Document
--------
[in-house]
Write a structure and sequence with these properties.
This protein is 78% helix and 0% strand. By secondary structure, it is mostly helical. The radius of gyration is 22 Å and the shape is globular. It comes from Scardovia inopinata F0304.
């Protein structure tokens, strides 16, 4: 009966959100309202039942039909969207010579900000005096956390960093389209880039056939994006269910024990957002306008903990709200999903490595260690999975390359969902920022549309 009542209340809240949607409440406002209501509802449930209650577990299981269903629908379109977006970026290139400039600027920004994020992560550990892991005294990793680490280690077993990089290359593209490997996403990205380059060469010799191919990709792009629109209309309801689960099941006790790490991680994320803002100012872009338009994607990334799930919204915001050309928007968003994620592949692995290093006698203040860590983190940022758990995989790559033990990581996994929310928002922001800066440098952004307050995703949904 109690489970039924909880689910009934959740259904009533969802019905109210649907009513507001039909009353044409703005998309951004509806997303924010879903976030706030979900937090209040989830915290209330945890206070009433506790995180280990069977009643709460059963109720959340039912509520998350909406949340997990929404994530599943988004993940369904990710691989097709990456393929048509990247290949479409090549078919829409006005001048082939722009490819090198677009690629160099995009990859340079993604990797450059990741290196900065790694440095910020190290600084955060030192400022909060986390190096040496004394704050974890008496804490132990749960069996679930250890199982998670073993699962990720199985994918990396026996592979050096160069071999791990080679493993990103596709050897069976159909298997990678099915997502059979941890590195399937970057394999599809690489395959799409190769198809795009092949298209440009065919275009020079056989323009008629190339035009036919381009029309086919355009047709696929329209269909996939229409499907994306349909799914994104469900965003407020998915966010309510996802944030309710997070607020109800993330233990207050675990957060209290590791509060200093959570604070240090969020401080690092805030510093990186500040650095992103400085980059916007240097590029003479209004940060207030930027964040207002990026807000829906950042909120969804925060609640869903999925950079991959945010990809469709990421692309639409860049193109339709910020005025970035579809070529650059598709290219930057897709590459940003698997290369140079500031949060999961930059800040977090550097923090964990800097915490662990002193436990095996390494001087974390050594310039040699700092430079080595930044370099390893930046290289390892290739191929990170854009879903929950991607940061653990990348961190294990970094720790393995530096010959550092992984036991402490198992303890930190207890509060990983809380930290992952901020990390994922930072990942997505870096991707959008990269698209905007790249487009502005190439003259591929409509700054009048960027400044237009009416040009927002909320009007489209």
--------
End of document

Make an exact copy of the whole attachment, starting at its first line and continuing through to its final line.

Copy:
[in-house]
Write a structure and sequence with these properties.
This protein is 78% helix and 0% strand. By secondary structure, it is mostly helical. The radius of gyration is 22 Å and the shape is globular. It comes from Scardovia inopinata F0304.
């Protein structure tokens, strides 16, 4: 009966959100309202039942039909969207010579900000005096956390960093389209880039056939994006269910024990957002306008903990709200999903490595260690999975390359969902920022549309 009542209340809240949607409440406002209501509802449930209650577990299981269903629908379109977006970026290139400039600027920004994020992560550990892991005294990793680490280690077993990089290359593209490997996403990205380059060469010799191919990709792009629109209309309801689960099941006790790490991680994320803002100012872009338009994607990334799930919204915001050309928007968003994620592949692995290093006698203040860590983190940022758990995989790559033990990581996994929310928002922001800066440098952004307050995703949904 109690489970039924909880689910009934959740259904009533969802019905109210649907009513507001039909009353044409703005998309951004509806997303924010879903976030706030979900937090209040989830915290209330945890206070009433506790995180280990069977009643709460059963109720959340039912509520998350909406949340997990929404994530599943988004993940369904990710691989097709990456393929048509990247290949479409090549078919829409006005001048082939722009490819090198677009690629160099995009990859340079993604990797450059990741290196900065790694440095910020190290600084955060030192400022909060986390190096040496004394704050974890008496804490132990749960069996679930250890199982998670073993699962990720199985994918990396026996592979050096160069071999791990080679493993990103596709050897069976159909298997990678099915997502059979941890590195399937970057394999599809690489395959799409190769198809795009092949298209440009065919275009020079056989323009008629190339035009036919381009029309086919355009047709696929329209269909996939229409499907994306349909799914994104469900965003407020998915966010309510996802944030309710997070607020109800993330233990207050675990957060209290590791509060200093959570604070240090969020401080690092805030510093990186500040650095992103400085980059916007240097590029003479209004940060207030930027964040207002990026807000829906950042909120969804925060609640869903999925950079991959945010990809469709990421692309639409860049193109339709910020005025970035579809070529650059598709290219930057897709590459940003698997290369140079500031949060999961930059800040977090550097923090964990800097915490662990002193436990095996390494001087974390050594310039040699700092430079080595930044370099390893930046290289390892290739191929990170854009879903929950991607940061653990990348961190294990970094720790393995530096010959550092992984036991402490198992303890930190207890509060990983809380930290992952901020990390994922930072990942997505870096991707959008990269698209905007790249487009502005190439003259591929409509700054009048960027400044237009009416040009927002909320009007489209």